The Wechsler Preschool and Primary Scale of Intelligence (WPPSI) is an intelligence test designed for children ages 2 years 6 months to 7 years 3 months developed by David Wechsler in 1967. It is a descendent of the earlier Wechsler Adult Intelligence Scale and the Wechsler Intelligence Scale for Children tests. Since its original publication the WPPSI has been revised twice in 1989 and 2002 followed by the UK version in 2003. The current version, WPPSI–III, published by Harcourt Assessment, is a revision of the WPPSI-R (Wechsler, 1989). It provides subtest and composite scores that represent intellectual functioning in verbal and performance cognitive domains, as well as providing a composite score that represents a child’s general intellectual ability (i.e., Full Scale IQ).
The original WPPSI (Wechsler, 1967) was developed as an intelligence measure for 4-6:6yr olds in response to an increasing need for the assessment of preschoolers. The WPPSI was divided into eleven subtests, all of which were retained in the revision in 1989. The WPPSI-R expanded the age range to 3–7 years 3 months and introduced a new subtest, Object Assembly. WPPSI-III incorporates a number of significant changes. Additional subtests have been designed to enhance the measurement of Fluid Reasoning (see Carroll, 1997) these are; Matrix Reasoning, Picture Concepts and Word Reasoning. Measures of Processing Speed have also been taken from the WISC-III, adapted for use with younger children and included as new subtests (Coding & Symbol Search). The age range has not only been lowered to 2 years 6 months but it has also been divided into two bands: 2 years 6months – 3years 11 months and 4–7 years 3 months, this was done in recognition of the substantial changes in cognitive development that occur during early childhood.
The Wechsler Preschool and Primary Scale of Intelligence consist of 14 subtests. They are designated as one of three types: core, supplemental, or optional. The core subtests are required for the computation of the Verbal, Performance, and Full Scale IQ. The supplemental subtests provide additional information about cognitive abilities or can be used as replacement for inappropriate subtests. The optional subtests provide additional information about cognitive functioning but cannot be used as replacements for core subtests.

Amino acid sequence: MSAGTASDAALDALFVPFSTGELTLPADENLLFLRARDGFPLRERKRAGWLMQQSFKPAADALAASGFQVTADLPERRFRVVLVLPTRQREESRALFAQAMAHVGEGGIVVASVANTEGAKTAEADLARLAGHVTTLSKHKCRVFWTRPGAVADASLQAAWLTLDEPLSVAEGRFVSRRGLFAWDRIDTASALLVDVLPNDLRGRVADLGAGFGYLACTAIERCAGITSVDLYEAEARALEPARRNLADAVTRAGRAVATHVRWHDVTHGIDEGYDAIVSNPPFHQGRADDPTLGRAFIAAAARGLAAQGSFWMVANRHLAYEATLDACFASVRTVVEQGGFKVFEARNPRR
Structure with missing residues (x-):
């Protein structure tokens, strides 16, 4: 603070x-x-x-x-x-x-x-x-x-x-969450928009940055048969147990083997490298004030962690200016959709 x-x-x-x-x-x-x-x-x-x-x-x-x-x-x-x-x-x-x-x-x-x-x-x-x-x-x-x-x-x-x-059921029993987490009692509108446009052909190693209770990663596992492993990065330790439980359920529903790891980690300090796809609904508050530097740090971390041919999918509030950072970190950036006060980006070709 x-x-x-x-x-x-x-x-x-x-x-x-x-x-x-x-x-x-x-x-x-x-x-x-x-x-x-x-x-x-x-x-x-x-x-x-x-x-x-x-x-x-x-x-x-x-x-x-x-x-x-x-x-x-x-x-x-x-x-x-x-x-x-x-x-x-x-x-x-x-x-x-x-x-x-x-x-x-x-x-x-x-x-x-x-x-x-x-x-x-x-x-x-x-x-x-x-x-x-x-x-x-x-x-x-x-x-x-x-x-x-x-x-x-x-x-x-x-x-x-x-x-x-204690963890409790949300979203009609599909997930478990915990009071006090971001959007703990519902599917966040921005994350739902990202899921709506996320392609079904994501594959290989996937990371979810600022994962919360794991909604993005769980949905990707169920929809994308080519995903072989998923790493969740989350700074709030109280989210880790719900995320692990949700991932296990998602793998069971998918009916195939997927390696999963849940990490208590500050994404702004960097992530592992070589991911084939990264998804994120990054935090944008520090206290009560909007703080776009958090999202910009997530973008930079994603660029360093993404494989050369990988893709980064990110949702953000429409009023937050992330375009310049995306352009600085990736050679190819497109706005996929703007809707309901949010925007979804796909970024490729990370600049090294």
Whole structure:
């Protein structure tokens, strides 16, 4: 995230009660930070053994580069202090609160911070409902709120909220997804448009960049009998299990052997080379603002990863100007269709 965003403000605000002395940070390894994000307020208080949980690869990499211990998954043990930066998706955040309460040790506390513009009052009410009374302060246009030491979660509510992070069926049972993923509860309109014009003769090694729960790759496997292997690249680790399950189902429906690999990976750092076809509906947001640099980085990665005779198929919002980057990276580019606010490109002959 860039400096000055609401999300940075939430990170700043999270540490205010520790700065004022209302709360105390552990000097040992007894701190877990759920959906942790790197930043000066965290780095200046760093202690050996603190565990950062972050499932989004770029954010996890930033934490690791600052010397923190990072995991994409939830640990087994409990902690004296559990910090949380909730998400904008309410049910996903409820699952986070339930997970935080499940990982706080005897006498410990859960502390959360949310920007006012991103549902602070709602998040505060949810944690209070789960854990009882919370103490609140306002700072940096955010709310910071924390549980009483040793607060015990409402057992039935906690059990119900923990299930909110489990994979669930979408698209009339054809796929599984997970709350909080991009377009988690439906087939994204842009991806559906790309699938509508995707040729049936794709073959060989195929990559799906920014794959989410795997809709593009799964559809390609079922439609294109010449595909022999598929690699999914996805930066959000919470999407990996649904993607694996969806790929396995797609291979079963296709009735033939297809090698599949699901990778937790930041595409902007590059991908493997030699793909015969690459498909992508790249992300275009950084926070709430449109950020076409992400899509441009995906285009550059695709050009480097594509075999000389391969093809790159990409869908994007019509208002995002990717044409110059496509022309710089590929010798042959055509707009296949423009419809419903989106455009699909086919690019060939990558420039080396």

- Block Design – while viewing a constructed model or a picture in a stimulus book, the child uses one- or two-colour blocks to re-create the design within a specified time limit.
- Information – for Picture Items, the child responds to a question by choosing a picture from four response options. For Verbal Items, the child answers questions that address a broad range of general knowledge topics.
- Matrix Reasoning – the child looks at an incomplete matrix and selects the missing portion from 4 or 5 response options.
- Vocabulary – for Picture Items, the child names pictures that are displayed in a stimulus book. For Verbal Items, the child gives definitions for words that the examiner reads aloud.
- Picture Concepts – the child is presented with two or three rows of pictures and chooses one picture from each row to form a group with a common characteristic.
- Symbol Search – the child scans a search group and indicates whether a target symbol matches any of the symbols in the search group.
- Word Reasoning- the child is asked to identify the common concept being described in a series of increasingly specific clues.
- Coding – the child copies symbols that are paired with simple geometric shapes. Using a key, the child draws each symbol in its corresponding shape.
- Comprehension – the child answers questions based on his or her understanding of general principles and social situations.
- Picture Completion – the child views a picture and then points to or names the important missing part.
- Similarities – the child is read an incomplete sentence containing two concepts that share a common characteristic. The child is asked to complete the sentence by providing a response that reflects the shared characteristic.
- Receptive Vocabulary – the child looks at a group of four pictures and points to the one the examiner names aloud.
- Object Assembly – the child is presented with the pieces of a puzzle in a standard arrangement and fits the pieces together to form a meaningful whole within 90 seconds.
- Picture Naming – the child names pictures that are displayed in a stimulus book.
The WPPSI–III provides Verbal and Performance IQ scores as well as a Full Scale IQ score. In addition, the Processing Speed Quotient (known as the Processing Speed Index on previous Wechsler scales) can be derived for children aged 4 – 7 years 3 months, and a General Language Composite can be determined for children in both age bands (2 years 6 months – 3 years 11 months & 4–7 years 3 months). Children in the 2 years 6 months – 3 years 11 months age band are administered only five of the subtests: Receptive Vocabulary, Block Design, Information, Object Assembly, and Picture Naming.